Happy, Healthy Thanksgiving

Four tips to maintain a healthy diet during Thanksgiving

(RxWiki News) Thanksgiving is a great time to be with friends and family, but it's also a time when it's easy to eat too many unhealthy foods.

This can be particularly challenging if you're trying to maintain a healthy diet, lose weight or boost your heart health. The good news is that there are ways to make your Thanksgiving holiday both healthy and enjoyable. Here are some tips to help you maintain your dietary goals this Thanksgiving:

1. Keep it simple.

When possible, keep your dinner plate simple — don't add the extras when you don't have to. Dressings, gravy and other extras can mean lots of extra calories. But a lot of the Thanksgiving dinner basics actually aren't that caloric. Turkey provides lean protein, and all the delicious veggie sides, when prepared in a simple manner, can provide a vitamin-packed punch without too many fats or simple carbohydrates.

2. Focus on fiber.

On top of helping with digestion, fiber helps you feel full. To avoid overeating this Thanksgiving, focus on foods that are rich in fiber. Some high-fiber foods you might see around the Thanksgiving table include sweet potatoes, broccoli, Brussels sprouts, beans and nuts.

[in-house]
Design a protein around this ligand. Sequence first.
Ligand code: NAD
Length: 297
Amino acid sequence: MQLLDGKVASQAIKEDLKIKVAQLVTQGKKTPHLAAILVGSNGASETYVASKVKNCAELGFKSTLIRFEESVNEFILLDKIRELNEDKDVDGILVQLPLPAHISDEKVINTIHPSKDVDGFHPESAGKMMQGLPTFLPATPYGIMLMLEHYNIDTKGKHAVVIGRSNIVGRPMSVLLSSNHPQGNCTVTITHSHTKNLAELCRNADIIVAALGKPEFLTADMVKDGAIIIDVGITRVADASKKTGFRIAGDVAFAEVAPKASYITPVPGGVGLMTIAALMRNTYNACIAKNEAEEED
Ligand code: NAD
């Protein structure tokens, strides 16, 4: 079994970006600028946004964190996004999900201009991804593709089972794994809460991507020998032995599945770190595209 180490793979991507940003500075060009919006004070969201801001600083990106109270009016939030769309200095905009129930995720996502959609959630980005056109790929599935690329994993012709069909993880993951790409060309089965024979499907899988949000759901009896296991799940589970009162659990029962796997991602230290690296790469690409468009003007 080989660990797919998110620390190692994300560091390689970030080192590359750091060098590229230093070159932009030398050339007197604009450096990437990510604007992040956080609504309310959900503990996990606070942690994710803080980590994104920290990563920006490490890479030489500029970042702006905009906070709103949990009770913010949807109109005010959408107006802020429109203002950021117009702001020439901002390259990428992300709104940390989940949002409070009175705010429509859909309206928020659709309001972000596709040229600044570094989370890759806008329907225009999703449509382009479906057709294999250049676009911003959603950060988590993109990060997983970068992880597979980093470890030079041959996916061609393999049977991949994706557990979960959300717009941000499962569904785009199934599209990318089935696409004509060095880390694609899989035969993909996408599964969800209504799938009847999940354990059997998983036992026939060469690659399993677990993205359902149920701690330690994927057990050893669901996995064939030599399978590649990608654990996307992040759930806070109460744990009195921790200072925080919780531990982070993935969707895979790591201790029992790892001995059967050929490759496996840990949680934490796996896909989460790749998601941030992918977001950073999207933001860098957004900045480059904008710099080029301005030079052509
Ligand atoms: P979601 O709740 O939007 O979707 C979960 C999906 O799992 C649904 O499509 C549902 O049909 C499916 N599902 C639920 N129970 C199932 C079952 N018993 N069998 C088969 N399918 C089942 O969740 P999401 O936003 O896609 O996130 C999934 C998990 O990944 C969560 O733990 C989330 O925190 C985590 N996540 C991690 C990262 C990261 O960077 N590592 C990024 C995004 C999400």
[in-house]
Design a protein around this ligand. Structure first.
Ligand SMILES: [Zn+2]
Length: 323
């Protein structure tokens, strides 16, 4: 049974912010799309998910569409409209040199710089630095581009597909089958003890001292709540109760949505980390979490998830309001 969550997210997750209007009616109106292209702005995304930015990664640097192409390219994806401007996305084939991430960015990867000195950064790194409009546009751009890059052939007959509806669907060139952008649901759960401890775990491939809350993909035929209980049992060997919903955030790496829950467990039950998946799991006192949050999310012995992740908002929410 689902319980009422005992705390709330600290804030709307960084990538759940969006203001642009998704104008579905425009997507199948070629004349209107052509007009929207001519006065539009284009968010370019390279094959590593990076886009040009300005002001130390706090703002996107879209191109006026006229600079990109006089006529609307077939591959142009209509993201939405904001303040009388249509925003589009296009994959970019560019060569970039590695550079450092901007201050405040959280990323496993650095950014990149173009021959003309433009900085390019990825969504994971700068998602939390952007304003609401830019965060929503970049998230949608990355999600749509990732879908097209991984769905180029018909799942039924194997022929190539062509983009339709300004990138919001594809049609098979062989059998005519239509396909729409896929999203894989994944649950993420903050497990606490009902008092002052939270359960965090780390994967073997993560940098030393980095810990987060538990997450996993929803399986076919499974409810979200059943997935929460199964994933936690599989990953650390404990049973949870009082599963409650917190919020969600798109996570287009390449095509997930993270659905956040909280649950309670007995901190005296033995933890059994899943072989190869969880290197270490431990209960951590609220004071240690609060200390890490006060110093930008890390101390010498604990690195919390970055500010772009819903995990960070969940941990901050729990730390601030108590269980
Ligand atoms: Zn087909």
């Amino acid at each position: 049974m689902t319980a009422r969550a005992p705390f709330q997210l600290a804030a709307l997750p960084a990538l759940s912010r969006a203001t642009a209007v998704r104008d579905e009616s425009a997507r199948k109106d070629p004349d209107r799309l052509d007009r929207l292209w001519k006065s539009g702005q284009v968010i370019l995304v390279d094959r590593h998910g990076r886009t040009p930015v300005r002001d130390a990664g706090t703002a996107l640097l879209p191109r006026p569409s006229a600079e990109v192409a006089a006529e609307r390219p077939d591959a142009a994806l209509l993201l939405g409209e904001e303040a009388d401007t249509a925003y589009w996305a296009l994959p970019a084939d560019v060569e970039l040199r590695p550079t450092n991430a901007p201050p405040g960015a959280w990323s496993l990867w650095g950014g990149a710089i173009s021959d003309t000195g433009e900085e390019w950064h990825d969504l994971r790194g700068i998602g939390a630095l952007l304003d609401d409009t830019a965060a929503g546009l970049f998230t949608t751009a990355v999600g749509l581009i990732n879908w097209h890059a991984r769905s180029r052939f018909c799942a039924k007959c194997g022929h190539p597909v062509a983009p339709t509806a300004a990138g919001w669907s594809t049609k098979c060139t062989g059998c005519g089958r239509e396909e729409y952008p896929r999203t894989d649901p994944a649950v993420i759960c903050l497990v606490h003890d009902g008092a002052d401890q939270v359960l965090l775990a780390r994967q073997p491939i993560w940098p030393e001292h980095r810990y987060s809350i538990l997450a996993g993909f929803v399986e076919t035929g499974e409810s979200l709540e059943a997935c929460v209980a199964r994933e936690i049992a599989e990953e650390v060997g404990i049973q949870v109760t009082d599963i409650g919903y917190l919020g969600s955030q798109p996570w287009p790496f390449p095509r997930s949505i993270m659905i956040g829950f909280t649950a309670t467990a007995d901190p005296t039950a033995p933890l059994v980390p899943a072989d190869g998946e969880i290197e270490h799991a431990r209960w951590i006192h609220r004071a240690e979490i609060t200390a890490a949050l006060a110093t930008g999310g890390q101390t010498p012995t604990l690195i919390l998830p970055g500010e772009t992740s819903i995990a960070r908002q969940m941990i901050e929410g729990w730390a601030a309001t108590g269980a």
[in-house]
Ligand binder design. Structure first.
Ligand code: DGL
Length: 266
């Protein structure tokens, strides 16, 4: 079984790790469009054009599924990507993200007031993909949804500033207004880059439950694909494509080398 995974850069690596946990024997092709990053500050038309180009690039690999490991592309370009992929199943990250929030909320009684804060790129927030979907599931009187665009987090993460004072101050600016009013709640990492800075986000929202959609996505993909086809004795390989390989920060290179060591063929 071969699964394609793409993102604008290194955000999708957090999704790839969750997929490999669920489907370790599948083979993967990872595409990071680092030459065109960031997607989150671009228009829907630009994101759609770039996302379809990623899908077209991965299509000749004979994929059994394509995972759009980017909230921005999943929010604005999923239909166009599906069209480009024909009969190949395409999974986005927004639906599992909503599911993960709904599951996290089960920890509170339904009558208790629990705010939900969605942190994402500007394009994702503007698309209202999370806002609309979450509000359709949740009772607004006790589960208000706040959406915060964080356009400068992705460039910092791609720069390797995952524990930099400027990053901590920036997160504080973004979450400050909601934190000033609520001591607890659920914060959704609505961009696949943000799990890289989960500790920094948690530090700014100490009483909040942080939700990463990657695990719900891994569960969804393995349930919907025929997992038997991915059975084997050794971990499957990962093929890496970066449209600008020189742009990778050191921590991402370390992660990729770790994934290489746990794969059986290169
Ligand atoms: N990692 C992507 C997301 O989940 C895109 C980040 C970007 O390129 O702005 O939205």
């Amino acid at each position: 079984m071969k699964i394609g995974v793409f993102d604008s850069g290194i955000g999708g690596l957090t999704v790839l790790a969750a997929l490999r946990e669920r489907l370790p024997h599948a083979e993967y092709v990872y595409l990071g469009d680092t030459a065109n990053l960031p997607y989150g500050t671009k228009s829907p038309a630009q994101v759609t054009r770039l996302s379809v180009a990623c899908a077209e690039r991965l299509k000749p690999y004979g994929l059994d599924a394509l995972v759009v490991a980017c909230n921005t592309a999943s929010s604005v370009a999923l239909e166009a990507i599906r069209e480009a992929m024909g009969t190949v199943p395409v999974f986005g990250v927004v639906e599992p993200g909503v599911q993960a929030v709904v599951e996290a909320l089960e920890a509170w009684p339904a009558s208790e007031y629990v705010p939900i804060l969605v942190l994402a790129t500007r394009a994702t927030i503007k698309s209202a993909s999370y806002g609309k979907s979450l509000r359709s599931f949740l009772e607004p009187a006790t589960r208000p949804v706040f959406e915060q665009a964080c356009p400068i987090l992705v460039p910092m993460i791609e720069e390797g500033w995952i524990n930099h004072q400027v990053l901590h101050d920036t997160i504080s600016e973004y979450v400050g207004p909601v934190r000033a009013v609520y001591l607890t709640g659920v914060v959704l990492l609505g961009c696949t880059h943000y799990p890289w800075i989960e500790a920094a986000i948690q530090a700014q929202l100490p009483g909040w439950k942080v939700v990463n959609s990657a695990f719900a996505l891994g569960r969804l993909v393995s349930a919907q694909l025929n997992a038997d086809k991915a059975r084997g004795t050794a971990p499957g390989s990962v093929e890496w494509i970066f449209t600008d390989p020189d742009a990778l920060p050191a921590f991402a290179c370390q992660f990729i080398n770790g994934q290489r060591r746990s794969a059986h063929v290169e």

3. Try to balance your plate with vegetables and protein.

Stuffing, mashed potatoes and pumpkin pie are Thanksgiving staples, but they're loaded with calories and carbohydrates. And too many calories can promote weight gain. Instead of loading up on dishes high in carbs, add some green vegetables (think broccoli) and protein (think turkey) to your plate. Protein helps curb hunger because it makes you feel full for much longer than carbohydrates.

4. Remain physically active.

Think of ways you can stay active this Thanksgiving break. Go for a walk with your family or consider joining a turkey trot, for example. A little exercise will burn calories and help keep you fit — and it can be a fun way to spend an afternoon with your family.

Written by Digital Pharmacist Staff

Last Updated:
November 27, 2019